Why one young Kenyan decided to kill for an ethnic militia
One young Kenyan, an ethnic Kalenjin, tells why he helped recruit others for ethnic killings after the disputed December 2007 election. Now, he and many like him feel betrayed by politicians they say organized the violence.
Elijah doesn’t look like a killer. He has the small wiry frame of a marathon runner, which he is, and the intense stare of a man on the run, which he also is.
Elijah was once a fierce supporter of Kenya’s main opposition party, the Orange Democratic Movement (ODM), which in the 2007 election campaign promised to give ethnic Kalenjins a greater role in the political power structure in Nairobi, and more control of their ancestral lands. Some firebrand leaders of the Kalenjin community – who are the majority in the agriculturally rich Rift Valley – promised voters free land, land that would be made available because Kalenjins would push out the current ethnic Kikuyu owners who many Kalenjins view as foreign “invaders.”
For Elijah, these campaign promises were not horrifying; they were music to his ears. Soon after arriving back in Eldoret after living a few years abroad, he began organizing youths to attend rallies for ODM’s main candidate in Eldoret, William Ruto – and when the election results denied them the outright victory they expected, he helped organized youths for war.
These were heady times. ODM campaigners openly talked of pushing Kikuyus and other “foreigners” out of the Rift Valley, and Kalenjin-language radio stations whipped up anti-Kikuyu sentiment. Communities began to slaughter their animals, a common practice for Kalenjins who are preparing for war. Party agents gave Elijah a truck, and the money to buy weapons – mainly machetes, hatchets, and spears – to deliver those weapons to the same youths that he had recruited to the party cause.
“The whole thing was funded from Nairobi. The same people called up agents, and the agents called local people like me,” says Elijah, who spoke on condition that his real name not be used for fear of prosecution or retribution. “I could see people were giving money, big bills, and saying, ‘Let’s go,’ and I said, ‘OK, we can go.’ They know we do things by hard work, bit by bit. If you give someone even 50 shillings [65 cents], they can kill.”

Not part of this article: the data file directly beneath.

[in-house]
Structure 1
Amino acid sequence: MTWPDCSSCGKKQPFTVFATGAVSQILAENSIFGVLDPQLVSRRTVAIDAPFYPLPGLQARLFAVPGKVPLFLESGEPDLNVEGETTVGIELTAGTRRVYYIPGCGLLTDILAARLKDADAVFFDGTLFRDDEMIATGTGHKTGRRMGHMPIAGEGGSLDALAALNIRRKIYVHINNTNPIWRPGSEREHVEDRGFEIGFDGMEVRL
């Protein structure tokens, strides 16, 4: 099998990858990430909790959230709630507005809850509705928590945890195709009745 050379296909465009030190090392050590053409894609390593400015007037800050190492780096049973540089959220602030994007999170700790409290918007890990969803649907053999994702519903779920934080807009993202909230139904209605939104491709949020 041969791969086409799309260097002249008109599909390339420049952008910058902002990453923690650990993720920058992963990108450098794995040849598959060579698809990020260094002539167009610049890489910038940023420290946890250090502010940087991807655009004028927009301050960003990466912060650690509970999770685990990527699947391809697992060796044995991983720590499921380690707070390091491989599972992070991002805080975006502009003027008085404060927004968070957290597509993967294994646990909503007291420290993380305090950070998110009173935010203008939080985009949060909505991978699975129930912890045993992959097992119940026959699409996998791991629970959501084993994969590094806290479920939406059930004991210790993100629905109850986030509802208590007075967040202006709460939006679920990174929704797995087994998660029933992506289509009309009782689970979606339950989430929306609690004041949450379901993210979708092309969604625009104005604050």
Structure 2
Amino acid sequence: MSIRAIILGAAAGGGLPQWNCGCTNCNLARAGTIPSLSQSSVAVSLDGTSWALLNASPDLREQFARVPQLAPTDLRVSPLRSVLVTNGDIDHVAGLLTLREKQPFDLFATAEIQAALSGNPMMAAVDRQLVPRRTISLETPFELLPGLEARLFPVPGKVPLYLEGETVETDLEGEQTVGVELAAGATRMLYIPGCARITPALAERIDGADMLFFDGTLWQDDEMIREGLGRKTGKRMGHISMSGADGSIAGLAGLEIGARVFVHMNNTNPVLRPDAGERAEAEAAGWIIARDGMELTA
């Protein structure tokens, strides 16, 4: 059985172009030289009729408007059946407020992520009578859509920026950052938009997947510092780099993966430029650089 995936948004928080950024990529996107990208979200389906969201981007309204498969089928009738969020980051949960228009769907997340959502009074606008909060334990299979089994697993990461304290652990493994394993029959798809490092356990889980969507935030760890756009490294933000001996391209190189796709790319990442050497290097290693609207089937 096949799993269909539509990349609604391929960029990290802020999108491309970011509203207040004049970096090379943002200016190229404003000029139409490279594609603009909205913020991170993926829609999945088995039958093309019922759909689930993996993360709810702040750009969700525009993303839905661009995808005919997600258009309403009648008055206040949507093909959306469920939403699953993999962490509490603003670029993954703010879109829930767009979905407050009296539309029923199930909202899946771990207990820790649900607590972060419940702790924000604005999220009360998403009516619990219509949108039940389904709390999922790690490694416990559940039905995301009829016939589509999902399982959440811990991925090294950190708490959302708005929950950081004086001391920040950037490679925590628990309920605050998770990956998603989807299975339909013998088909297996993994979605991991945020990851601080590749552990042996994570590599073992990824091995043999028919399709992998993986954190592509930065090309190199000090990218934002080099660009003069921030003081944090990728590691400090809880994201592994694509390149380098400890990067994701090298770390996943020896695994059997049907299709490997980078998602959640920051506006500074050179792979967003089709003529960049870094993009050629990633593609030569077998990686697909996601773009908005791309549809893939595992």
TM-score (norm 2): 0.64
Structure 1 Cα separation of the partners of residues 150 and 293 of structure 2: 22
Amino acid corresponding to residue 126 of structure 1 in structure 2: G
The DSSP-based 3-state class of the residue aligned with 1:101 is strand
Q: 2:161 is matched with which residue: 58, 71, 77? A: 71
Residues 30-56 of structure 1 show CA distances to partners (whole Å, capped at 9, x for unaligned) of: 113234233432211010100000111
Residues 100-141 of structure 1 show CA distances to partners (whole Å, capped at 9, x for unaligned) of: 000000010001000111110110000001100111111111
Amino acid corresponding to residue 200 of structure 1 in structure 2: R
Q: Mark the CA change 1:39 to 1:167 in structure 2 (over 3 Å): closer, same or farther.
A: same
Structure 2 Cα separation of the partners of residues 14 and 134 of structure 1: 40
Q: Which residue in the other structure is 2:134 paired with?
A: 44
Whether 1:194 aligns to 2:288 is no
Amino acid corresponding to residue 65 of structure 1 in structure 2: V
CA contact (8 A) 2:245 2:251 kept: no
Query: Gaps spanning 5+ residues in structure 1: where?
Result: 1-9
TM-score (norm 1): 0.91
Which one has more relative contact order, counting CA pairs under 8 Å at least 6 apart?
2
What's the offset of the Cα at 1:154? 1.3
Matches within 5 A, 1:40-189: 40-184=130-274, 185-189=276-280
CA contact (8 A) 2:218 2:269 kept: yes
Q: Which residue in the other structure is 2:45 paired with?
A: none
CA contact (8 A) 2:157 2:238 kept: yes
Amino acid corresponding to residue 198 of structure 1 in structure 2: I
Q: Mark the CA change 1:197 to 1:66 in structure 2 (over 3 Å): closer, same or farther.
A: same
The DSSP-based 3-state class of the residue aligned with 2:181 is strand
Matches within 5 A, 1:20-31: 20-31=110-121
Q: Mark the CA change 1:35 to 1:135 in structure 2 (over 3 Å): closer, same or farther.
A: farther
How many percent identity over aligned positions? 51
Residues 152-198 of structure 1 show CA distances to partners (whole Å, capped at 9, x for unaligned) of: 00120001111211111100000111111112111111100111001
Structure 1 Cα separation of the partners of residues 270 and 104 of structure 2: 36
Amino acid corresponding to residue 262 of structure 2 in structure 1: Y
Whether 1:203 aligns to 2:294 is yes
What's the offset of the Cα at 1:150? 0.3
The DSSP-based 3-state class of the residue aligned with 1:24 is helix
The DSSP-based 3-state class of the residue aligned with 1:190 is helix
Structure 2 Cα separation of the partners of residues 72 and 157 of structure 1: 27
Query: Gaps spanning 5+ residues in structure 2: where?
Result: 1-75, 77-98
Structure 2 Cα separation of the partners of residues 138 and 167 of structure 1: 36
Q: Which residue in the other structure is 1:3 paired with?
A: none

And kill they did. The disputed Dec. 27, 2007, election exploded into ethnic violence that resulted in the deaths of some 1,200 Kenyans before the two top candidates agreed, under international pressure, to form a unity government.
Nearly three years later, prosecutors from the International Criminal Court (ICC) are expected Wednesday to indict Mr. Ruto and other Kenyan leaders for inciting the post-election violence.
As Ruto scrambles to proclaim his innocence, all that men like Elijah can feel is a deep sense of betrayal.
'Real change' deferred
For him, the promises of “real change” – pushing Kikuyus off the land – were abandoned because of the personal ambitions of Ruto and his core group of supporters.
Elijah lost faith in Ruto, he says, in late January 2008 -- the moment that Ruto called on youths to stop the violence in the Rift Valley, before those youths had “completed the job” of expelling Kikuyus.
While most of the frontline youths, including Elijah, believed in their cause – pushing Kikuyu settlers off what they viewed as Kalenjin lands – it was the men behind them, the supporters of Ruto, who benefited from the violence, Elijah says.
Used and betrayed
In 2008, Ruto and other politicians turned their backs on the youths they had helped mobilize for political expediency and to escape international prosecution, says Elijah.
Now many Kalenjin youths feel used and betrayed, as their lot remains unchanged, while Ruto and his close supporters are either serving in high government positions or maintaining close ties to those in power.
“They are the same people who are even now working for [Ruto],” says Elijah, noting that Kalenjin elders are once more recruiting young men to prepare to fight to defend Ruto. “The same agents are saying, 'we can fight.' ”